NASCAR is far and away the most popular form of auto racing in North America, with huge prizes to match its millions of loyal viewers. The money making up each race’s purse is generated from a number of sources. Part of the purse comes from Fox and ESPN, the two big television rights-holders of NASCAR events in the United States. The sponsors for races will also contribute a large portion of the money that goes to the winners.
Certain races will see bonus money given out to drivers based on factors like the position in which they finish and specific contingencies that are met. For instance, some races will give out extra money to the driver with the fastest lap or the driver who led the most laps during the race. The special awards that are given out in NASCAR races can be worth upwards of $5,000, but it’s always the winner of a race that will go home with the most money.
Coming in first place in a NASCAR race can yield extremely high pay checks. However, not all drivers are so lucky. The bottom five drivers in a typical 43-car race will only receive $4,000 in purse money for a race, for instance. This is actually a decline of about a thousand dollars from what was awarded to the back of the pack in recent years. The large discrepancy in winnings ensures a high level of competition during races.
This listing of the top purses for NASCAR races as of the 2013 season covers the total amount of prize money that is given out to all drivers in a race. The desire to qualify for some of these races and the prestige that comes with a podium finish often adds to the values of these purses which have the biggest potential payouts these drivers will see all year.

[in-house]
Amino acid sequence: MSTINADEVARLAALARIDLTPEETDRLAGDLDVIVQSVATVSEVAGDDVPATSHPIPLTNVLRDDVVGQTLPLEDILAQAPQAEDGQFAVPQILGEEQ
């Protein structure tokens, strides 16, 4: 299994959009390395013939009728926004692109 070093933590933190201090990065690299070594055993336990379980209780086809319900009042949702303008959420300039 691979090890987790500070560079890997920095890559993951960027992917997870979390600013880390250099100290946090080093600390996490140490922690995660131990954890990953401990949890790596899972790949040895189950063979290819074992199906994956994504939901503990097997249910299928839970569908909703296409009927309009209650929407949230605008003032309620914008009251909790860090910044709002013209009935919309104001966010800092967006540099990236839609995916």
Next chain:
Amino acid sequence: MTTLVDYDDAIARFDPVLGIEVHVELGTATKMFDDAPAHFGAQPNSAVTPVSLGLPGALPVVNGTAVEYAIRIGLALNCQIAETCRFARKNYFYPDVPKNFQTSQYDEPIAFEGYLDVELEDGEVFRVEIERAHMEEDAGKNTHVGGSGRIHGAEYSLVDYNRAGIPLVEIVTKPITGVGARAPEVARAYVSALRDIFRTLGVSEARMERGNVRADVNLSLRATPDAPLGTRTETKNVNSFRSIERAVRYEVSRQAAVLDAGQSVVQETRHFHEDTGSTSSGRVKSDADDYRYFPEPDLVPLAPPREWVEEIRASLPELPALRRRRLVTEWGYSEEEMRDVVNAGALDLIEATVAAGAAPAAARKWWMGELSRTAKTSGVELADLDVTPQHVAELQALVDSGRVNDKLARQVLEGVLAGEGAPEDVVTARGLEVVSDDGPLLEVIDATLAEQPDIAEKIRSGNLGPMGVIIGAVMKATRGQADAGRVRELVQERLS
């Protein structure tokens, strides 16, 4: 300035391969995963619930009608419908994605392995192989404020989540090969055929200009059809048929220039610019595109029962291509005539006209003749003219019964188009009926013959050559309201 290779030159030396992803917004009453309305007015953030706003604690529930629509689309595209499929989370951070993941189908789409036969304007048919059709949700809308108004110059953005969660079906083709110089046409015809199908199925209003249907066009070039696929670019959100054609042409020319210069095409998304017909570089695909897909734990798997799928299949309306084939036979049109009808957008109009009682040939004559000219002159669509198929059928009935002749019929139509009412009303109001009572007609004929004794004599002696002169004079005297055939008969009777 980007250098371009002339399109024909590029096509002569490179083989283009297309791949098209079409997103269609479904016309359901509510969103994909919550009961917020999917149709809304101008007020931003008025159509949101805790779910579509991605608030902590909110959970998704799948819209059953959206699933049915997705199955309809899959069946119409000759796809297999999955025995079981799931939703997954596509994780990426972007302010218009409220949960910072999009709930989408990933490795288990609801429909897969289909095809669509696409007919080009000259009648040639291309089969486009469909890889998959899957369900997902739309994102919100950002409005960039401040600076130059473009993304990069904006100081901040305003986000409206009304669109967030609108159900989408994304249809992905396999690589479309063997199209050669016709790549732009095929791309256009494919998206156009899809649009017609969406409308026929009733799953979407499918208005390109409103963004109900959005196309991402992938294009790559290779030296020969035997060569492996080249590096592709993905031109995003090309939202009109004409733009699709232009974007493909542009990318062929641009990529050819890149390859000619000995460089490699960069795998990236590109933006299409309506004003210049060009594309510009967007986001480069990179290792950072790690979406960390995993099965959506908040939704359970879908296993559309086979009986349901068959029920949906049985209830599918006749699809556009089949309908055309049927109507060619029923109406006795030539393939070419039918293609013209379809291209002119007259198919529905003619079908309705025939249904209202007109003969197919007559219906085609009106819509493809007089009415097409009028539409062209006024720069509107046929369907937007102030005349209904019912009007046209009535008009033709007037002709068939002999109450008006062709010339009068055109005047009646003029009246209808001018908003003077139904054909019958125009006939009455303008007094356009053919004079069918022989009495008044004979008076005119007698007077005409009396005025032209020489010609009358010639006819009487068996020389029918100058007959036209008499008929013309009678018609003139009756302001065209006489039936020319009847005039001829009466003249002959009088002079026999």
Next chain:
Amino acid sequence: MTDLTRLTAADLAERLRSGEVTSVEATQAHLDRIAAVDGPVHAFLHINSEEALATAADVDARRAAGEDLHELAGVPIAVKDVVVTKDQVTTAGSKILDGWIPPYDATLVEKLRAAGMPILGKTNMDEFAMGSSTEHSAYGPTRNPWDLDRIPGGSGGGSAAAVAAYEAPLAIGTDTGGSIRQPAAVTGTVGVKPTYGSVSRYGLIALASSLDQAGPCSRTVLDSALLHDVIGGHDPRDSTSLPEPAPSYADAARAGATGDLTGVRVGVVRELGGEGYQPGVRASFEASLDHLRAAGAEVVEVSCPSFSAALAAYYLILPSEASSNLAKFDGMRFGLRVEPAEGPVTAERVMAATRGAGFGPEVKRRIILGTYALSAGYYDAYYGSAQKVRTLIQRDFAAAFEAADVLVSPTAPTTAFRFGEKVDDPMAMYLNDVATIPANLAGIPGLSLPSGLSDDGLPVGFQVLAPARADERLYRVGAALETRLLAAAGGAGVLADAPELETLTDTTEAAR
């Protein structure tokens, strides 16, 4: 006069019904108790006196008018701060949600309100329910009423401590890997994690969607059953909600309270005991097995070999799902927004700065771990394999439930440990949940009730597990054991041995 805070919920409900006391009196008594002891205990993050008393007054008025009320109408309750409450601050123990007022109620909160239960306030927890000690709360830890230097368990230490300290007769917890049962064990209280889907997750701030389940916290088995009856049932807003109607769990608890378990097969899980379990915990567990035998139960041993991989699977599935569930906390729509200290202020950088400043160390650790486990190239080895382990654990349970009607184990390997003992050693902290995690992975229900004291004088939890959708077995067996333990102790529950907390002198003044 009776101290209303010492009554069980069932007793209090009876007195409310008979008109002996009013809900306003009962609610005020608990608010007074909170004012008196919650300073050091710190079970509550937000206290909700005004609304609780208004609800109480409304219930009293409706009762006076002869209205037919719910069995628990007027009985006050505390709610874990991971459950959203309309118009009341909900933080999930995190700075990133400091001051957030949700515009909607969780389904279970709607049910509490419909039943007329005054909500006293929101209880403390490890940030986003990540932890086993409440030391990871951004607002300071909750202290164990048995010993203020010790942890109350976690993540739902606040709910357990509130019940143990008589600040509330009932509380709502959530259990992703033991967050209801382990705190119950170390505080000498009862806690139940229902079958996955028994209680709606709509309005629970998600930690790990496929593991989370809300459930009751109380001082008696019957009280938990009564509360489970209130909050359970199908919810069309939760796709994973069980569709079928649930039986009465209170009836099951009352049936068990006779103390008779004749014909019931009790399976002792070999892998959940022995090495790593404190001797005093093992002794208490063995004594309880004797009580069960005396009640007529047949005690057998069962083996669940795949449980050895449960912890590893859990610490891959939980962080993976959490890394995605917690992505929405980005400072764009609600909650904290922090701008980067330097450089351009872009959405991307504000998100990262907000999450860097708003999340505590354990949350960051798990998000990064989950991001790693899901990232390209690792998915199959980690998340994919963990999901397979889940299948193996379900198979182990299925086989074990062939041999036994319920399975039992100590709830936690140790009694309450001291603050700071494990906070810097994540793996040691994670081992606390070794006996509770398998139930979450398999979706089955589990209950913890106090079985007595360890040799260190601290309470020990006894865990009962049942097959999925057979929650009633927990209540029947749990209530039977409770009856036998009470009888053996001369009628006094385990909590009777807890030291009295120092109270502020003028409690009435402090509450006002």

10. Fedex 400 Benefiting Autism Speaks – $5,934,999
The Dover International Speedway has developed a strong history for being one of the trickiest courses in the Sprint Cup series. The Monster Mile is very tight in its design and requires drivers to be aware of what’s around them at all times. This is why the Fedex 400, a race that doubles as a charity benefit, has a purse of nearly $6 million. Tony Stewart got $318,000 for winning the 2013 edition of this race. Also, Denny Hamlin won $118,000 despite finishing in 34th because he not only had the pole position but also the fastest lap. He would have had a chance at a bigger pay check were it not for an accident near the end of the race that set him back.
9. Geico 400 – $6,100,486
With their cute little gecko and charming caveman mascots, Geico can apparently afford to advertise just about anywhere they want. It’s really no surprise that the company sponsors this race at the Chicagoland Speedway. In fact, the $6.1 million first prize for 2013 is a big change over the purses from prior years. Past title sponsors like LifeLock.com, USG Sheetrock and Tropicana were not as generous in their sponsorship dollars as Geico is. The purse for the 2002 edition was $4.5 million, moving up to $5.1 million the next year and has been in the $6 million range since 2006. The large size of the Chicago market and the race’s notability for being the first Chase race of the year certainly helps.